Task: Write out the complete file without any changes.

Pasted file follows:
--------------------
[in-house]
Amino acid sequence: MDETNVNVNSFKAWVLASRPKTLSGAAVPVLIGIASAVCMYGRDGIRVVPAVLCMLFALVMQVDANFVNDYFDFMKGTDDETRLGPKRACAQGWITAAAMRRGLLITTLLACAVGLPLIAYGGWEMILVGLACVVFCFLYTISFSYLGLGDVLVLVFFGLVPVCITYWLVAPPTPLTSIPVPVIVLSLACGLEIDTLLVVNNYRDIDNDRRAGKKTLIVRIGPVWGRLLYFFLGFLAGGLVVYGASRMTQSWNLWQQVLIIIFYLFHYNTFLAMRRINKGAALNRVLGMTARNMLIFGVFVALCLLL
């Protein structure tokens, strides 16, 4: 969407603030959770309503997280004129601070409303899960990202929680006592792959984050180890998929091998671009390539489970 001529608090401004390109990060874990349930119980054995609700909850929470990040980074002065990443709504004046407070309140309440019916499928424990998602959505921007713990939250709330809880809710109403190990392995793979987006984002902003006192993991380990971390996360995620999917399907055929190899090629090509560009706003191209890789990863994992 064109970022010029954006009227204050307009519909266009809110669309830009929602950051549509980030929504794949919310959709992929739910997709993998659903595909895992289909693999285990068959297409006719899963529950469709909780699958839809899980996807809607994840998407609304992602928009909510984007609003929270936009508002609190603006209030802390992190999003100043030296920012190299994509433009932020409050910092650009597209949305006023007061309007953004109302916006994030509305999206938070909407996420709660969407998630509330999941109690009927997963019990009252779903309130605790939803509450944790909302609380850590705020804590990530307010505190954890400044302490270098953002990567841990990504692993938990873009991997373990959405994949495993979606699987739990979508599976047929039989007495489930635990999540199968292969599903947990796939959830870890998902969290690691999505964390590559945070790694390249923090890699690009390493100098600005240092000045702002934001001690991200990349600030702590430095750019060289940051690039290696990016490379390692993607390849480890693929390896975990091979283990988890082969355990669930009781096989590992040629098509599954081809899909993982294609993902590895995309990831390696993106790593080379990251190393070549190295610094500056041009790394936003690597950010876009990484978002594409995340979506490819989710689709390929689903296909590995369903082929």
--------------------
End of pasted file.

[in-house]
Amino acid sequence: MDETNVNVNSFKAWVLASRPKTLSGAAVPVLIGIASAVCMYGRDGIRVVPAVLCMLFALVMQVDANFVNDYFDFMKGTDDETRLGPKRACAQGWITAAAMRRGLLITTLLACAVGLPLIAYGGWEMILVGLACVVFCFLYTISFSYLGLGDVLVLVFFGLVPVCITYWLVAPPTPLTSIPVPVIVLSLACGLEIDTLLVVNNYRDIDNDRRAGKKTLIVRIGPVWGRLLYFFLGFLAGGLVVYGASRMTQSWNLWQQVLIIIFYLFHYNTFLAMRRINKGAALNRVLGMTARNMLIFGVFVALCLLL
């Protein structure tokens, strides 16, 4: 969407603030959770309503997280004129601070409303899960990202929680006592792959984050180890998929091998671009390539489970 001529608090401004390109990060874990349930119980054995609700909850929470990040980074002065990443709504004046407070309140309440019916499928424990998602959505921007713990939250709330809880809710109403190990392995793979987006984002902003006192993991380990971390996360995620999917399907055929190899090629090509560009706003191209890789990863994992 064109970022010029954006009227204050307009519909266009809110669309830009929602950051549509980030929504794949919310959709992929739910997709993998659903595909895992289909693999285990068959297409006719899963529950469709909780699958839809899980996807809607994840998407609304992602928009909510984007609003929270936009508002609190603006209030802390992190999003100043030296920012190299994509433009932020409050910092650009597209949305006023007061309007953004109302916006994030509305999206938070909407996420709660969407998630509330999941109690009927997963019990009252779903309130605790939803509450944790909302609380850590705020804590990530307010505190954890400044302490270098953002990567841990990504692993938990873009991997373990959405994949495993979606699987739990979508599976047929039989007495489930635990999540199968292969599903947990796939959830870890998902969290690691999505964390590559945070790694390249923090890699690009390493100098600005240092000045702002934001001690991200990349600030702590430095750019060289940051690039290696990016490379390692993607390849480890693929390896975990091979283990988890082969355990669930009781096989590992040629098509599954081809899909993982294609993902590895995309990831390696993106790593080379990251190393070549190295610094500056041009790394936003690597950010876009990484978002594409995340979506490819989710689709390929689903296909590995369903082929």